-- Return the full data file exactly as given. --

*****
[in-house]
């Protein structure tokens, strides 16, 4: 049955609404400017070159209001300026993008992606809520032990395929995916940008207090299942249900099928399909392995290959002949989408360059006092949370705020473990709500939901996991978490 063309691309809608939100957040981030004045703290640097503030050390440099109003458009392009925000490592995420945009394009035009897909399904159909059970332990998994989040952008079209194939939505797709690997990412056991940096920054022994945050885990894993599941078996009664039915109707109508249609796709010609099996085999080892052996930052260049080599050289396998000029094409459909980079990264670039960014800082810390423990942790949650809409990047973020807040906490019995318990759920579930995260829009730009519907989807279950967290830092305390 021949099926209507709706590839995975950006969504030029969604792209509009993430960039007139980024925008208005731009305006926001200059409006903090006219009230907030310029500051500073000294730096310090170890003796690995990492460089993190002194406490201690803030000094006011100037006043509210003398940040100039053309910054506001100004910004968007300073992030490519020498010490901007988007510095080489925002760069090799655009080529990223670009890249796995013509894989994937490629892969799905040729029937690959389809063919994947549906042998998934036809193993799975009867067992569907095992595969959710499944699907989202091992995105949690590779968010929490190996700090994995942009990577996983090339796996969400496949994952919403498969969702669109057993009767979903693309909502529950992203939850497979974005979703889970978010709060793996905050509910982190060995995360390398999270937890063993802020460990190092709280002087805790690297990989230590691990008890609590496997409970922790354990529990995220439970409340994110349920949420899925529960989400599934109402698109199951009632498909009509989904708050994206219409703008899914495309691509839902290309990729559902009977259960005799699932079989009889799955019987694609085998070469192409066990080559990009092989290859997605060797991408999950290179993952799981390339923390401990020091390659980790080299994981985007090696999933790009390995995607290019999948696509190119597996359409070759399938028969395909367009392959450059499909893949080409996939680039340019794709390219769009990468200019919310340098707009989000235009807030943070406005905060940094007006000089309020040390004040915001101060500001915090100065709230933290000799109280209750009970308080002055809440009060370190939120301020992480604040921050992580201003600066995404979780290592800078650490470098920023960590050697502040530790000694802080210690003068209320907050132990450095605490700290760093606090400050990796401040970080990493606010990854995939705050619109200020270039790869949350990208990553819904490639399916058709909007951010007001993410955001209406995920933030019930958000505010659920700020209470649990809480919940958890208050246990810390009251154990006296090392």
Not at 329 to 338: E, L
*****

[in-house]
């Protein structure tokens, strides 16, 4: 049955609404400017070159209001300026993008992606809520032990395929995916940008207090299942249900099928399909392995290959002949989408360059006092949370705020473990709500939901996991978490 063309691309809608939100957040981030004045703290640097503030050390440099109003458009392009925000490592995420945009394009035009897909399904159909059970332990998994989040952008079209194939939505797709690997990412056991940096920054022994945050885990894993599941078996009664039915109707109508249609796709010609099996085999080892052996930052260049080599050289396998000029094409459909980079990264670039960014800082810390423990942790949650809409990047973020807040906490019995318990759920579930995260829009730009519907989807279950967290830092305390 021949099926209507709706590839995975950006969504030029969604792209509009993430960039007139980024925008208005731009305006926001200059409006903090006219009230907030310029500051500073000294730096310090170890003796690995990492460089993190002194406490201690803030000094006011100037006043509210003398940040100039053309910054506001100004910004968007300073992030490519020498010490901007988007510095080489925002760069090799655009080529990223670009890249796995013509894989994937490629892969799905040729029937690959389809063919994947549906042998998934036809193993799975009867067992569907095992595969959710499944699907989202091992995105949690590779968010929490190996700090994995942009990577996983090339796996969400496949994952919403498969969702669109057993009767979903693309909502529950992203939850497979974005979703889970978010709060793996905050509910982190060995995360390398999270937890063993802020460990190092709280002087805790690297990989230590691990008890609590496997409970922790354990529990995220439970409340994110349920949420899925529960989400599934109402698109199951009632498909009509989904708050994206219409703008899914495309691509839902290309990729559902009977259960005799699932079989009889799955019987694609085998070469192409066990080559990009092989290859997605060797991408999950290179993952799981390339923390401990020091390659980790080299994981985007090696999933790009390995995607290019999948696509190119597996359409070759399938028969395909367009392959450059499909893949080409996939680039340019794709390219769009990468200019919310340098707009989000235009807030943070406005905060940094007006000089309020040390004040915001101060500001915090100065709230933290000799109280209750009970308080002055809440009060370190939120301020992480604040921050992580201003600066995404979780290592800078650490470098920023960590050697502040530790000694802080210690003068209320907050132990450095605490700290760093606090400050990796401040970080990493606010990854995939705050619109200020270039790869949350990208990553819904490639399916058709909007951010007001993410955001209406995920933030019930958000505010659920700020209470649990809480919940958890208050246990810390009251154990006296090392």
Not at 329 to 338: E, L